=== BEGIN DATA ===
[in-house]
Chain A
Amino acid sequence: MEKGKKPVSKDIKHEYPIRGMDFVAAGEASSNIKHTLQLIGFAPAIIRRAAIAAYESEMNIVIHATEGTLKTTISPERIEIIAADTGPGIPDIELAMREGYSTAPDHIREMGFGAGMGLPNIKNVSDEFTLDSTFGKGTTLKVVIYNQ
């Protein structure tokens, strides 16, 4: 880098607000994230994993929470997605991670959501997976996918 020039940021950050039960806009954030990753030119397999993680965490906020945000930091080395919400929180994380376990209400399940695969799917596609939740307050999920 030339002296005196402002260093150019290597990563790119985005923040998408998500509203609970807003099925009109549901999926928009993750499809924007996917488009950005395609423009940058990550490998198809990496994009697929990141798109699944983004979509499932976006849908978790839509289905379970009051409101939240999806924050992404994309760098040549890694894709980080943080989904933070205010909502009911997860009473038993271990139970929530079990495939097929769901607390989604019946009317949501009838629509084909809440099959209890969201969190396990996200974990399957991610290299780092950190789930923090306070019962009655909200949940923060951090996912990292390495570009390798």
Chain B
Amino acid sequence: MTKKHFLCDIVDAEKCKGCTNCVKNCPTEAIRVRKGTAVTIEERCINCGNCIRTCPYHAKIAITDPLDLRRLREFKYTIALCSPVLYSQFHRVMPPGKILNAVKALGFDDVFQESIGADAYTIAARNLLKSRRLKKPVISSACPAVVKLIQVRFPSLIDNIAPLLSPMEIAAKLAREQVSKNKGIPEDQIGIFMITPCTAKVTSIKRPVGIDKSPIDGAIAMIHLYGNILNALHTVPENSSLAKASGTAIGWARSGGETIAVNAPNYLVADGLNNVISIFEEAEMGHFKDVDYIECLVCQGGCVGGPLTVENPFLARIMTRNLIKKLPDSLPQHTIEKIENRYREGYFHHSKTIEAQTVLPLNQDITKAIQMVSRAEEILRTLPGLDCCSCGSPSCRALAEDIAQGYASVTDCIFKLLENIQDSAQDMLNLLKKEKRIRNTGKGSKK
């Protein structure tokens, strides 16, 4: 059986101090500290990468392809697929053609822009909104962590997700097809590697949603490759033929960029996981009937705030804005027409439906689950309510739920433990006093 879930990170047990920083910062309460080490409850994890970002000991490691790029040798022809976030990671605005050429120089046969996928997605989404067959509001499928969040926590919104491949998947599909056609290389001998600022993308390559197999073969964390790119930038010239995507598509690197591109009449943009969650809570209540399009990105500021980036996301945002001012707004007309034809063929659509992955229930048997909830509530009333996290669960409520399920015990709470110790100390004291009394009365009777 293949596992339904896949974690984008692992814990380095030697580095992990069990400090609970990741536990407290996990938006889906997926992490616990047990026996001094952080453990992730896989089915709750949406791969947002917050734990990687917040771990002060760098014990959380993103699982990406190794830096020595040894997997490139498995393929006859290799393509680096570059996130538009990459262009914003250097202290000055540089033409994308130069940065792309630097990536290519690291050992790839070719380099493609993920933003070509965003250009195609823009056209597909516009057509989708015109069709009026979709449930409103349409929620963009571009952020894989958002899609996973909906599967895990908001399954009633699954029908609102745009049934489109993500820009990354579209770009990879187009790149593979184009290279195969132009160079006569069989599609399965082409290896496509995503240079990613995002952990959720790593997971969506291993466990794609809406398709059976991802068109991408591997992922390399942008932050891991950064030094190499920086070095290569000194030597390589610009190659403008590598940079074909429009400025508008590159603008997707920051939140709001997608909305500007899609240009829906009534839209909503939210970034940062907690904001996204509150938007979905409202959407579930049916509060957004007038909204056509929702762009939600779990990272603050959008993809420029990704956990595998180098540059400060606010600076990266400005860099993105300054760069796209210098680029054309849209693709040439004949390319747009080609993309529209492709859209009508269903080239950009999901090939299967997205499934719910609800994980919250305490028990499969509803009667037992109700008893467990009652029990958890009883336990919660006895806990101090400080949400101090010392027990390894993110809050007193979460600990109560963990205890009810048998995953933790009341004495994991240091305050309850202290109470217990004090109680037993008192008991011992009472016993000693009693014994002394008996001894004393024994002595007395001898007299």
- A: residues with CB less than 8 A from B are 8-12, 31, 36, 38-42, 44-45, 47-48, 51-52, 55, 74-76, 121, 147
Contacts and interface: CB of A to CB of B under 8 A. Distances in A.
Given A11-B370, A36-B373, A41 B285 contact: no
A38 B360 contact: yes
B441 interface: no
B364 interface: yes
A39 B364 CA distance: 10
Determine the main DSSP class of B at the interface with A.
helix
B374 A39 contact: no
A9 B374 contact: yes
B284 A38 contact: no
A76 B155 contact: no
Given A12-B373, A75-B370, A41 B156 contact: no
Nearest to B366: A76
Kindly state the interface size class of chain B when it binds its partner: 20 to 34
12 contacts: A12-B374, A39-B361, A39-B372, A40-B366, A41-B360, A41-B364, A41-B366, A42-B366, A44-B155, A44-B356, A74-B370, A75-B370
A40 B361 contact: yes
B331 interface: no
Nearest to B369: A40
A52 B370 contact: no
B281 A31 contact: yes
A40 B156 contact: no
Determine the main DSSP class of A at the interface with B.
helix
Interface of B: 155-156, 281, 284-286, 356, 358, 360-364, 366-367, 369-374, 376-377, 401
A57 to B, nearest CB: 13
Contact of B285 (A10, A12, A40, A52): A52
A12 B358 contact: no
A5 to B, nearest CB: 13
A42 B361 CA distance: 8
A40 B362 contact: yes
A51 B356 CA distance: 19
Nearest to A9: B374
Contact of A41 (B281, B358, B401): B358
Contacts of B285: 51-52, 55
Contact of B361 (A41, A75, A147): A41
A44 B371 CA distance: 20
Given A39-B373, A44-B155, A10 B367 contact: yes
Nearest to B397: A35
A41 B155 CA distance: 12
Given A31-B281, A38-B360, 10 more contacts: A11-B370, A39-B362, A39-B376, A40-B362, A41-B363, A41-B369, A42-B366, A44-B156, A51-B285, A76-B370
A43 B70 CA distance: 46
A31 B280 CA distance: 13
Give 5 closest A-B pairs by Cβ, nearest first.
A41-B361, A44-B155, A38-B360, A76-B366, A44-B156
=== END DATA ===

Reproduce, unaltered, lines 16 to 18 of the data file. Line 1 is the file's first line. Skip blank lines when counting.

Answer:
helix
B374 A39 contact: no
A9 B374 contact: yes